The concept of expired does not exist for limited companies. The shareholders voted to have Companies House strike off the register of members. There is a similar process for LLPs.

    Death or bankruptcy

    Unless otherwise arranged, partnerships end at the death or bankruptcy of any partner. Partnerships should therefore have a formal partnership agreement that contains clauses allowing the collaboration to continue.

    The Partnership Act is complicated if there isn't a documented partnership agreement and the remaining partners intended for the partnership to continue.

    If the business trades as a Ltd company or an LLP, then the death or bankruptcy of a member does not cause the business to automatically dissolve.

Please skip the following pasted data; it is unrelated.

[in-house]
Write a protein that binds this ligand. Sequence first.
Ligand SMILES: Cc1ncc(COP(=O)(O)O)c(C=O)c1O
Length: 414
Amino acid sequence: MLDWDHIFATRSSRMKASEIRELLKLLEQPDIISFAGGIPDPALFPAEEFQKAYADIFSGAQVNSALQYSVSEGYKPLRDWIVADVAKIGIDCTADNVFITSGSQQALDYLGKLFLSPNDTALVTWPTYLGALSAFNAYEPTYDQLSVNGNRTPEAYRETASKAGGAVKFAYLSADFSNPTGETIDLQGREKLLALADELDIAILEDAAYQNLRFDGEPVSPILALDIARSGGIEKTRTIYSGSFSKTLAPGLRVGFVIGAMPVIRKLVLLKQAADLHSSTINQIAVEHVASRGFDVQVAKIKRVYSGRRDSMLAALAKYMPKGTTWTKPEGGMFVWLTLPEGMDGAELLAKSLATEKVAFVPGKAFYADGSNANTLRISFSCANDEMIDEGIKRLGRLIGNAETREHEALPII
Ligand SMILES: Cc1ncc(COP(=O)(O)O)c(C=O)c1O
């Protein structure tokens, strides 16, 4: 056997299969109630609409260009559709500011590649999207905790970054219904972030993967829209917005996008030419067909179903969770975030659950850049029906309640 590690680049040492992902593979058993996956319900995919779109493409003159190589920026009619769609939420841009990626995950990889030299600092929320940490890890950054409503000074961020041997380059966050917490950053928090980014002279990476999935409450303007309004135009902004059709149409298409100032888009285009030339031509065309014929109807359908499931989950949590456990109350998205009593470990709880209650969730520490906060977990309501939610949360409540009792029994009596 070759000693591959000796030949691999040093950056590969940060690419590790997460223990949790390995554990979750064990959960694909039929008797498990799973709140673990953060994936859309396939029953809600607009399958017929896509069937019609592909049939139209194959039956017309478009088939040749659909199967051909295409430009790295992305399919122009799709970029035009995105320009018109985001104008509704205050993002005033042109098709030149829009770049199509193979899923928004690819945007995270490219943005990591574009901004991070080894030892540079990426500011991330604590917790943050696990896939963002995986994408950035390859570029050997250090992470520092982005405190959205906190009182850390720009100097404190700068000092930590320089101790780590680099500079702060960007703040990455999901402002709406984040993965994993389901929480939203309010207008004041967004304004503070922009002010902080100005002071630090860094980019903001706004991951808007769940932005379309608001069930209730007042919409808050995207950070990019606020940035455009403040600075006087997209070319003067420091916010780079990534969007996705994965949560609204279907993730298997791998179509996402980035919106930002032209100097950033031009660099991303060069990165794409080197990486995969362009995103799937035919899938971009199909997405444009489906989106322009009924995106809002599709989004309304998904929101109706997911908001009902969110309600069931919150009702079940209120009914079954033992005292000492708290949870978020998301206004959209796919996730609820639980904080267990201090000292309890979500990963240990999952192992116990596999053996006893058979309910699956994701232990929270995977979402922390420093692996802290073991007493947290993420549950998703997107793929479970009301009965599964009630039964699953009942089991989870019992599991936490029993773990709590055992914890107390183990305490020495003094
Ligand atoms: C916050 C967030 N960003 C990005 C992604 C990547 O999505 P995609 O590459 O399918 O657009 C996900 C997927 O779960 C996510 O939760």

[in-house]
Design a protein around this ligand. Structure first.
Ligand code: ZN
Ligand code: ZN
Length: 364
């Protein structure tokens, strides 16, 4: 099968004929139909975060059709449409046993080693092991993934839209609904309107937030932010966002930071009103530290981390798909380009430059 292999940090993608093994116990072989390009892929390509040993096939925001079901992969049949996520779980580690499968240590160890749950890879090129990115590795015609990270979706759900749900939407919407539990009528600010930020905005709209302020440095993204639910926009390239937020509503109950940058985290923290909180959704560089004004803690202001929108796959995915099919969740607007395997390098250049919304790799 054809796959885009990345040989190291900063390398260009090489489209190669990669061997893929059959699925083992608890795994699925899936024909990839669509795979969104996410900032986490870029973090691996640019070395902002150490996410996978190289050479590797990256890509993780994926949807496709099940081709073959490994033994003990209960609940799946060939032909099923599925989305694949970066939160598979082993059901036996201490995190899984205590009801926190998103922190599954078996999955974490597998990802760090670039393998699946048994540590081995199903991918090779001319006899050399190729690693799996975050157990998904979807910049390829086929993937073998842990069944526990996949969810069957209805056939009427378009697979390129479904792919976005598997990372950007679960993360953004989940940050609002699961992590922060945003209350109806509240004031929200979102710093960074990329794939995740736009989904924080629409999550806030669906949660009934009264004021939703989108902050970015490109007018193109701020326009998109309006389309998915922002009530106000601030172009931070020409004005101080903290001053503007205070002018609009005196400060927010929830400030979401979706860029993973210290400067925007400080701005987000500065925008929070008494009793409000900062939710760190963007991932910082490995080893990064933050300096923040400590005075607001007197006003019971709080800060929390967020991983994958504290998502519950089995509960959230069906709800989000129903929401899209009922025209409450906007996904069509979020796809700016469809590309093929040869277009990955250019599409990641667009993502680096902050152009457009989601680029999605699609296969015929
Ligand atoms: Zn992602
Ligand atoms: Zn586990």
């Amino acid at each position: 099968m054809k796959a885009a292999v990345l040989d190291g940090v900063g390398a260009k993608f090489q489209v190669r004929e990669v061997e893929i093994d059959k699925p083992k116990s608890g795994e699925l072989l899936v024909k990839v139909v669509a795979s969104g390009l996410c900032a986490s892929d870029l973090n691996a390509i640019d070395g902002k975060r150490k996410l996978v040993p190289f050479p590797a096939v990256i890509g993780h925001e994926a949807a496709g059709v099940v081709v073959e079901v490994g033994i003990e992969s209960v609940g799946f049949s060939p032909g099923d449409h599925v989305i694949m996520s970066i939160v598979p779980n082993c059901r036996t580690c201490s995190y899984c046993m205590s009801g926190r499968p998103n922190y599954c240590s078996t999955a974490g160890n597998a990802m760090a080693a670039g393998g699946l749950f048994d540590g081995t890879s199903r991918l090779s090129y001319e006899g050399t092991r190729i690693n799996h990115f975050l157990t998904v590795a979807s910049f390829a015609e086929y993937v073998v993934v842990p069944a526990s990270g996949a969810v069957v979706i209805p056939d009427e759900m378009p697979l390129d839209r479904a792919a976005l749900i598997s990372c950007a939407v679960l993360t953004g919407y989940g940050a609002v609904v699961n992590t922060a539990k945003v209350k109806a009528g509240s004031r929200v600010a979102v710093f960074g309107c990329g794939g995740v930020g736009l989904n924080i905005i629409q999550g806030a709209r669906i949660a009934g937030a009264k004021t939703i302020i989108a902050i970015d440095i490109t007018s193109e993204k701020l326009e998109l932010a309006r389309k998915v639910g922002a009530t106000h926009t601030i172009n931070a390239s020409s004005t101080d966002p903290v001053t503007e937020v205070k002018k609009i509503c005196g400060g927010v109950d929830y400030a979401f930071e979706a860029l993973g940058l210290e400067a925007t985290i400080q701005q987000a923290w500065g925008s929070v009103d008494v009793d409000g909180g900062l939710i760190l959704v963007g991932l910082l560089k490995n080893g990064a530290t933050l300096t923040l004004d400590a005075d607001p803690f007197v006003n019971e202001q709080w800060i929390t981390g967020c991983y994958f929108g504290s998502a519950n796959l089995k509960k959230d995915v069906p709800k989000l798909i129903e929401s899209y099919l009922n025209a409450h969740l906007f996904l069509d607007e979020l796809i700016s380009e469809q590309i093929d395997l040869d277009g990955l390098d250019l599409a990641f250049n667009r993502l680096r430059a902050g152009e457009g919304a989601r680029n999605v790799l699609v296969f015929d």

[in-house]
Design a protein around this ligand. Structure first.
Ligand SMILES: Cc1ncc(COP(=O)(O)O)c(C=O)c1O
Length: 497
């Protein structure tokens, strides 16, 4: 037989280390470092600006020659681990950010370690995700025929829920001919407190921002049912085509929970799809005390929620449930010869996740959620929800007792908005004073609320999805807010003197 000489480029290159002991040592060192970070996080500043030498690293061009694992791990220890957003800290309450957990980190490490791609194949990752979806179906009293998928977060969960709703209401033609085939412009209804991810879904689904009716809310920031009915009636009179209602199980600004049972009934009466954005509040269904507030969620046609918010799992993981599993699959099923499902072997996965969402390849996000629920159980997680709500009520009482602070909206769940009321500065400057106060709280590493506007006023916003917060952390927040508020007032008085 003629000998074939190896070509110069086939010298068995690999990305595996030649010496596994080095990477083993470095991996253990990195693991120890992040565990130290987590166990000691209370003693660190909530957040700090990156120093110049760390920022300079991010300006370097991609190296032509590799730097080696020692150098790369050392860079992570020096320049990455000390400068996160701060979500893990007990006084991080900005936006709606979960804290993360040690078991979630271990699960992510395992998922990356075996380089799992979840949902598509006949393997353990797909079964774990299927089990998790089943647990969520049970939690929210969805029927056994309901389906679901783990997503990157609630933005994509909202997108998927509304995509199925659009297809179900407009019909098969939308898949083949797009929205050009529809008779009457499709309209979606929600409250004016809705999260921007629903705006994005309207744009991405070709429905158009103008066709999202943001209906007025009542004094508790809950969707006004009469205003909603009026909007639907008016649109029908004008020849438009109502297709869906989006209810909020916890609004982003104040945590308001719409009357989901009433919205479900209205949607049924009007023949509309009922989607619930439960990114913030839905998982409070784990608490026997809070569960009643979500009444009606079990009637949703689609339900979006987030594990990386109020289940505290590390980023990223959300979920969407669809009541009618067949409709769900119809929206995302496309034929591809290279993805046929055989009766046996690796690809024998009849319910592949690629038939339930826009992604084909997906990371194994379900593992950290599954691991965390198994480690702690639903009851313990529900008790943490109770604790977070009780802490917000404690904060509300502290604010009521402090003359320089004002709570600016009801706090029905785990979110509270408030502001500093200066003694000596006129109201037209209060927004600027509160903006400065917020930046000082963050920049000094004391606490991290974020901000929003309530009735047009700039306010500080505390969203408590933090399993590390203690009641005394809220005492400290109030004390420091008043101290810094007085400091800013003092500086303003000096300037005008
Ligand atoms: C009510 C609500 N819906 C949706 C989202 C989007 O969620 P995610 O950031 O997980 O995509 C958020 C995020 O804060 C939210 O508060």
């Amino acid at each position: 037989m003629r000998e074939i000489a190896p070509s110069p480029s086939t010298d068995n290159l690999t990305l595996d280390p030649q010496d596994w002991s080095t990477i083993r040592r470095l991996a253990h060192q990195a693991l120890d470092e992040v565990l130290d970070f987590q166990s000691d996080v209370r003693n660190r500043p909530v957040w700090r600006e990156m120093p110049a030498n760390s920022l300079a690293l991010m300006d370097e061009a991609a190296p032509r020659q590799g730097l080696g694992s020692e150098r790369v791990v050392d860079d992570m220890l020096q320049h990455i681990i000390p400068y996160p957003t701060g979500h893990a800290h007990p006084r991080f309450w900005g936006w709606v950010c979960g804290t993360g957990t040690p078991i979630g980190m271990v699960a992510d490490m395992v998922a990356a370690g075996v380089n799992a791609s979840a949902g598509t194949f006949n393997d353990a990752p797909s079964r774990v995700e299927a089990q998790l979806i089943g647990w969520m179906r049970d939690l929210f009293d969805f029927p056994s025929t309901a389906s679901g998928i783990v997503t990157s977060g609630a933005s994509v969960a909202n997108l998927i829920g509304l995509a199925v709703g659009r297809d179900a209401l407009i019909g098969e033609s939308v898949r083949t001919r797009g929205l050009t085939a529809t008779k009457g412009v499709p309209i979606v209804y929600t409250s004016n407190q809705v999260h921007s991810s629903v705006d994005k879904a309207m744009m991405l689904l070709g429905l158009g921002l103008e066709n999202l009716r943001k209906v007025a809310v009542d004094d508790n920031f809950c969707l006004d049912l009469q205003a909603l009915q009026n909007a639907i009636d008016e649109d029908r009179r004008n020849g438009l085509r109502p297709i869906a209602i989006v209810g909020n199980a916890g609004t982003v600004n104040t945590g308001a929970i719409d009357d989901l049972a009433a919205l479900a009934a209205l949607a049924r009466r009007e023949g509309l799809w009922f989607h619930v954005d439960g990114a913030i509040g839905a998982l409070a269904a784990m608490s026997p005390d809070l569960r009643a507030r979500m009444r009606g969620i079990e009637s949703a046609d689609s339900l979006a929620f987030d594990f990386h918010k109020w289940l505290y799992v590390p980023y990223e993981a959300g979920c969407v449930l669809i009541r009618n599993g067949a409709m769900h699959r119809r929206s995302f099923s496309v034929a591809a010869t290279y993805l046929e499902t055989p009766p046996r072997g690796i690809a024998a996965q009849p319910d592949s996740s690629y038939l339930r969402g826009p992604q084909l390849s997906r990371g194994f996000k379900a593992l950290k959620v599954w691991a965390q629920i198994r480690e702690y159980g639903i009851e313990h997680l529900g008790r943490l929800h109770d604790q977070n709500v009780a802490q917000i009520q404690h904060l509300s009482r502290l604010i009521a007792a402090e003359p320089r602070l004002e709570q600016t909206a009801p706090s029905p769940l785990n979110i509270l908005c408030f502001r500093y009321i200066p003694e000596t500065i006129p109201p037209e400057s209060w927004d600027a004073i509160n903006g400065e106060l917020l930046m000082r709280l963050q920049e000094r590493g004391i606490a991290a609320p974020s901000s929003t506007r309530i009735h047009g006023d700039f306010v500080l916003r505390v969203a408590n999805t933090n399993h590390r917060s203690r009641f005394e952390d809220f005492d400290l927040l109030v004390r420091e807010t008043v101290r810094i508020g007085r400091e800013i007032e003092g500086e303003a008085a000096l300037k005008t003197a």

Dissolution of a Partnership by court order

    If the partnership were to dissolve by agreement, dissolution by the court would undoubtedly be contested. The court may dissolve a partnership if it finds that it is just and equitable to do so, for example, if there are only two partners and they have a falling-out; the business can only be operated at a loss; a partner is unable to operate the business, has engaged in conduct that negatively affects operations; is wilfully or repeatedly in violation of the partnership agreement; or acts in a manner that renders the agreement unreasonable.

Partnerships and LLPs
Can an LLP own asset?
Yes, an LLP is a separate legal personality and can own its own assets.
Partnerships and LLPs
What is covered in an LLP Agreement?